“Oh,” the rabbit said. “Why didn’t you say so? If I had known you were the Simpian Grenadine I’d have not bothered to speak with you.”
This comment nettled Simpian greatly. What did that strange rabbit mean by ‘if she’d have known?’ And did it come out to a compliment? This was the largest point Simpian had to settle within himself, and he answered quickly enough—it was only Great people who could make people speak or not speak with oneself. Therefore there must be some sort of compliment tucked away in Sylvi’s pronouncement like the lone raisin Tottles hid in the king cake at Christmastime. Simpian plucked the compliment out and popped it in his mouth by way of a smug smile. “Well, are you or aren’t you?” he asked.
Sylvi stared at him out of one round boot-button eye, then swiveled her head so she looked at him out of the other. “I am’nt.”
“Ah. That’s what I thought you said.”
Sylvi narrowed her eye. “That means I am not.”
“I knew that,” Simpian hastened to say. “Only I wanted to be sure you knew what it meant.”
“Oh, I know.” And Sylvi began to groom her tawny fur again. She paused mid-brush and looked up at him. “You are a perfect basket of red-herrings, aren’t you?”
Simpian didn’t think he was much like a basket of herrings at all, but there seemed to be nothing else to say after this. Instead, he knocked the heads off another patch of dandelions and sneezed once—or was it twice?—and generally tried not to look as if he wished Sylvi would move off and leave him and Cottleston Pie alone. He tried counting to five-and-twenty but got befogged by seventeen. This was no good either, for Simpian had an absurd feeling that that uncanny Sylvi was most likely a…whaddya-call-it….a math’gician and could count to five-and-thirty if she had a mind to. “Oh, Rabbit,” he said at last.
Boy? How rude. “My name is Simpian Grenadine, you know.”
“And mine is Sylvi, but you called me Rabbit.”
She had a point. Simpian let the subject lie. “Are you going to be leaving pretty soon?”
“No.” Sylvi nestled into the grass and yawned a little yawn that showed her two white teeth.
“No. You’ll be leaving pretty soon.”
“Oh.” Afterward Simpian wished he’d said, “Aha,” which sounded a bit more like a pirate and less like Sulking. But he only said, ‘Oh,’ and nothing else in Cottleston Pie spoke after him. Butterfly-or-Flies zig-zagged by and Simpian wished he was as free as him to do what he pleased. Sylvi curled up in a ball in her plush patch of grass—The Soft Patch, Simpian noticed—and covered her nose and eyes with her paws.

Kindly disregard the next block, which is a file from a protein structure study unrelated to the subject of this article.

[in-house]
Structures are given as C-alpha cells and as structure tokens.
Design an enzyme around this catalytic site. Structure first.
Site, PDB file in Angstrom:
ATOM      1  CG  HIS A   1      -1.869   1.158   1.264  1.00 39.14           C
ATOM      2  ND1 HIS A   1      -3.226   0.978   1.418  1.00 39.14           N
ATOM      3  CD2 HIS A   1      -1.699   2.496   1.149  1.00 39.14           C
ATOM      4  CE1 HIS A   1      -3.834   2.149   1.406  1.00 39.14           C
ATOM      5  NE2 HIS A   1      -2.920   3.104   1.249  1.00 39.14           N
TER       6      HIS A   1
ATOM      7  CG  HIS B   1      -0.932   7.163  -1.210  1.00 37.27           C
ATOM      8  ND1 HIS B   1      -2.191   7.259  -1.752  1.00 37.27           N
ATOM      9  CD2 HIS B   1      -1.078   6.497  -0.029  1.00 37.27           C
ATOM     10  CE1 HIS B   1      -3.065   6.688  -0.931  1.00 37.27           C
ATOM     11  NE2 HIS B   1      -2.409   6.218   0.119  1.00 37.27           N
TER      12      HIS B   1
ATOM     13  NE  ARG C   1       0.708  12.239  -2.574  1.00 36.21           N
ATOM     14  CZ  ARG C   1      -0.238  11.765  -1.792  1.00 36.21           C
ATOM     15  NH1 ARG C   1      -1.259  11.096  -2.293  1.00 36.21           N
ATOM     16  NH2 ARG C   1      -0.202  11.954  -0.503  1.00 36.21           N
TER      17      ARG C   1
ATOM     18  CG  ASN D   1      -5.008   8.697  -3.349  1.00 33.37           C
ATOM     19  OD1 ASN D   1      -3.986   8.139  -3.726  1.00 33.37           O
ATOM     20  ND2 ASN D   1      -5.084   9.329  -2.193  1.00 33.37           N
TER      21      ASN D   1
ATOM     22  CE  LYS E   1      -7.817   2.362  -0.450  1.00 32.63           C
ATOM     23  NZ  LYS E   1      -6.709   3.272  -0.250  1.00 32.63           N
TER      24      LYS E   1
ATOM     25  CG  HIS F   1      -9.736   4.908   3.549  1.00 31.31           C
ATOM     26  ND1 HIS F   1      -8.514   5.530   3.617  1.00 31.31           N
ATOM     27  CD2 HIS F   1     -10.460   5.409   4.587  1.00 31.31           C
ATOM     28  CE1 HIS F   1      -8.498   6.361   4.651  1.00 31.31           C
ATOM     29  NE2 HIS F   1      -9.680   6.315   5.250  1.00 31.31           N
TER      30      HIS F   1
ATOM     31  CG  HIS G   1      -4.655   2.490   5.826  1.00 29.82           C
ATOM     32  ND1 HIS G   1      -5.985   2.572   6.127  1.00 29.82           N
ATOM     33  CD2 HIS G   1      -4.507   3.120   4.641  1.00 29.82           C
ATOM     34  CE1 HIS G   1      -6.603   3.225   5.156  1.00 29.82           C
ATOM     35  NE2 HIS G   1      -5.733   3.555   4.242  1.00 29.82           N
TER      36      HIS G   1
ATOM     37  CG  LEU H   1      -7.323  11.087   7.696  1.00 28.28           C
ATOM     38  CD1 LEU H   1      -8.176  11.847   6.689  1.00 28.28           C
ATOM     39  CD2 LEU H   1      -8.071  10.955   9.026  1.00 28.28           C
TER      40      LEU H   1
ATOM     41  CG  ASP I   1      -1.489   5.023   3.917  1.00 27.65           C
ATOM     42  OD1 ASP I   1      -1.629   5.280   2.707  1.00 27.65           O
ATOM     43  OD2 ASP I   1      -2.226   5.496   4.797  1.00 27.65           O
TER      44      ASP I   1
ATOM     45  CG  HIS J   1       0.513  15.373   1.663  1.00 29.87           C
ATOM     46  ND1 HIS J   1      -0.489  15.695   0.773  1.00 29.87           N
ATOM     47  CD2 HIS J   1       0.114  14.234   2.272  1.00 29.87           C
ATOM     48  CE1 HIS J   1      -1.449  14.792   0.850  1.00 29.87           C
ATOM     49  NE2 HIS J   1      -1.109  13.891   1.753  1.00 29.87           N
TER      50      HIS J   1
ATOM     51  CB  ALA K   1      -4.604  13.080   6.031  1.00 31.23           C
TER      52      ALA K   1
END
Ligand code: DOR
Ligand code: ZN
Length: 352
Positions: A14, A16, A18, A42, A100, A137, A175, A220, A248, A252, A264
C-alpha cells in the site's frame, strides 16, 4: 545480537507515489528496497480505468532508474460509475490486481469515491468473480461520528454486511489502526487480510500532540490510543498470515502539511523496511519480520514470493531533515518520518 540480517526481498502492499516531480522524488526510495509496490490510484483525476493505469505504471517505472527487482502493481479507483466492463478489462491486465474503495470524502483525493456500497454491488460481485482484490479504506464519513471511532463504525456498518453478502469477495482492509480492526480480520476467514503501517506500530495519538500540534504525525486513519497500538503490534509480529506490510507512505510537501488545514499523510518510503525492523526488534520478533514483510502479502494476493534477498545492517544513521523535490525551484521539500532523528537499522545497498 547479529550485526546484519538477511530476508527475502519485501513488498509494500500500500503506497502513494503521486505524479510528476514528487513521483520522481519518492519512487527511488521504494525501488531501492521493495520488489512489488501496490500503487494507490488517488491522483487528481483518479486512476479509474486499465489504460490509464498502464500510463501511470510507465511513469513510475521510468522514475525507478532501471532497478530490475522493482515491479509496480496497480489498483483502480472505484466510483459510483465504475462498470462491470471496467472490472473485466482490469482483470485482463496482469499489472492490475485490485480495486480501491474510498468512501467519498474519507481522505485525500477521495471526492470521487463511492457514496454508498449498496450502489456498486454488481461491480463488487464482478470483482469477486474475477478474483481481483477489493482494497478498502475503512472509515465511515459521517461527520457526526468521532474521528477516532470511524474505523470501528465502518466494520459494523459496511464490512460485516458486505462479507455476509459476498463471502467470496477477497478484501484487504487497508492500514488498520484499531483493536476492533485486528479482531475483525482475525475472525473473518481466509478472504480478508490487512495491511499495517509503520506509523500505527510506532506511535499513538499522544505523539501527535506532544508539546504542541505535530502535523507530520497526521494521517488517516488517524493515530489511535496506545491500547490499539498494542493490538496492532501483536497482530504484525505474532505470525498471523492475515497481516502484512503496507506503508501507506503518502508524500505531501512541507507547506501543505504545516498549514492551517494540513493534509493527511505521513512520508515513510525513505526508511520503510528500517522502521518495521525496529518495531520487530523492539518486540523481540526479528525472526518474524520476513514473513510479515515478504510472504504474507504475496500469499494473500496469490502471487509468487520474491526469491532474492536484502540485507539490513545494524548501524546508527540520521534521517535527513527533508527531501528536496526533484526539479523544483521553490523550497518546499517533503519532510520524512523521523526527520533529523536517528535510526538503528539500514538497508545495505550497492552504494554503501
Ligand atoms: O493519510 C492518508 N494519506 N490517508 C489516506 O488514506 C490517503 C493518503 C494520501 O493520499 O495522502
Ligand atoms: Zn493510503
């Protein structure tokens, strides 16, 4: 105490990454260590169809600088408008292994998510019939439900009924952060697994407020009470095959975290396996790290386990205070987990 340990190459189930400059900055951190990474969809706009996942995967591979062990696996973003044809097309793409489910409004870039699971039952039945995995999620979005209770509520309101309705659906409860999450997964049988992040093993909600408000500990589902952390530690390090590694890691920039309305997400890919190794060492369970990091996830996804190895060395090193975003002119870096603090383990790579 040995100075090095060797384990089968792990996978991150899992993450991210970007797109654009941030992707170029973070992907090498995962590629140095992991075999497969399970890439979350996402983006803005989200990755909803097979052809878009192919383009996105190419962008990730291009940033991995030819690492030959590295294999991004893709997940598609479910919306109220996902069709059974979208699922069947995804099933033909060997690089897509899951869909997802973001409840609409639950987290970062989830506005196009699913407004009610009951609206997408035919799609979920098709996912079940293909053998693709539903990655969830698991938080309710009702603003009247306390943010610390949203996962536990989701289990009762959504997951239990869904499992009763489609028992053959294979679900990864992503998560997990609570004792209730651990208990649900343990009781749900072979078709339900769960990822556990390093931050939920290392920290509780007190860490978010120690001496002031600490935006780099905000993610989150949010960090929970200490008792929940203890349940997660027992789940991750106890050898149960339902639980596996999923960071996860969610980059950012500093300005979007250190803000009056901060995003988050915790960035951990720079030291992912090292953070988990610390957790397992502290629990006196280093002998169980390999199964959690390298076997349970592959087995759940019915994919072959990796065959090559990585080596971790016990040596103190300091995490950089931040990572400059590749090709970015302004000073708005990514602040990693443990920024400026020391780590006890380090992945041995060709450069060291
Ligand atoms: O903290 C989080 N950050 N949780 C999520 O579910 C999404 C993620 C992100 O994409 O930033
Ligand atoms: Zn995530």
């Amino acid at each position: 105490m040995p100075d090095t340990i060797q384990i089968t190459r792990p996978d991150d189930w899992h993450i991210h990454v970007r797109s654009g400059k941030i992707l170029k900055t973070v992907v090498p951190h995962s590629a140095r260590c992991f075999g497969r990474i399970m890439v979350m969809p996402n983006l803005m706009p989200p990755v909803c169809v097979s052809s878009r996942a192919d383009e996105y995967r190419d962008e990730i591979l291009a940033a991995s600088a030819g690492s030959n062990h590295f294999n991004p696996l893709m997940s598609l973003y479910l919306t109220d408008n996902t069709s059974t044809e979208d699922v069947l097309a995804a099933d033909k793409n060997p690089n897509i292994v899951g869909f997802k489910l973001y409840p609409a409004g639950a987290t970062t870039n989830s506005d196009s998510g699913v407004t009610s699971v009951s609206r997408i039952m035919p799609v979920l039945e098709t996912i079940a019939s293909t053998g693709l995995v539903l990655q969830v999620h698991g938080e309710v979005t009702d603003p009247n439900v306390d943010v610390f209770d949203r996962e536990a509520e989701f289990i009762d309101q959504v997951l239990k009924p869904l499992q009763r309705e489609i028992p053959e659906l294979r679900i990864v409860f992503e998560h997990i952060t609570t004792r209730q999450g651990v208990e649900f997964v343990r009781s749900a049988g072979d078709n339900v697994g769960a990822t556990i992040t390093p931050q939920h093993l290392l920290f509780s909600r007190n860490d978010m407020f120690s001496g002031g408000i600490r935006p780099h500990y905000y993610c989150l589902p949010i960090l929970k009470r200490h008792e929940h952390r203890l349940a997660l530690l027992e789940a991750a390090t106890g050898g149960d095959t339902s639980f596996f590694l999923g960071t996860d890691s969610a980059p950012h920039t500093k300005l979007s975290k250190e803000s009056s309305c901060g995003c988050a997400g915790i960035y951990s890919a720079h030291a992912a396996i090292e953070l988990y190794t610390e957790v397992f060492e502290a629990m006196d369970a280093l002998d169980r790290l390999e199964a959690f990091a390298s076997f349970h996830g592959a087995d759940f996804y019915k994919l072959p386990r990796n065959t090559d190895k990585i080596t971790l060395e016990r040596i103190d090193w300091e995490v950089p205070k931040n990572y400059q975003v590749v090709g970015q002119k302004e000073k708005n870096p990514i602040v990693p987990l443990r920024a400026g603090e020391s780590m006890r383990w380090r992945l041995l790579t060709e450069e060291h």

Simpian sneaked off and climbed his tree so that he could think of a plan. Usually he was rather good at coming up with plans. Plans for picnics and plans for wanderings…plans for how to divide up the rest of Tottles’ gingerbread, and how the sky would look best if there were stars out in the daytime…but he felt all the planning spirit ebb out of him as he looked at Sylvi sleeping in the grass and wondered how to make her leave Cottleston Pie.
It was not till Simpian had eaten the last of his gingerbread that he thought of it. Snakes. Every rabbit hates snakes—that’s as much a fact of life as the one that snowflakes don’t come in August, and a tickle means laughing. And the harder Simpian thought about snakes the more he wished he could find one and coax it to live at Cottleston Pie with him to keep away any rabbits.
“Because,” he thought, “If Snakes mean no rabbits, I won’t have to leave Cottleston Pie.”
So that is why Simpian scooted down the tree-trunk and tip-toed around the Soft Patch with Sylvi in it, hoping to get away without her noticing. It really seemed he had, and that Sylvi might stay asleep, when her small, regal voice stopped him.
“Where are you going?”
“Yes you are.”
“I want to go Somewhere.”
Simpian bit his lip and tried not to feel like kicking that small fluff-ball. “You can go Somewhere, but not my Somewhere.”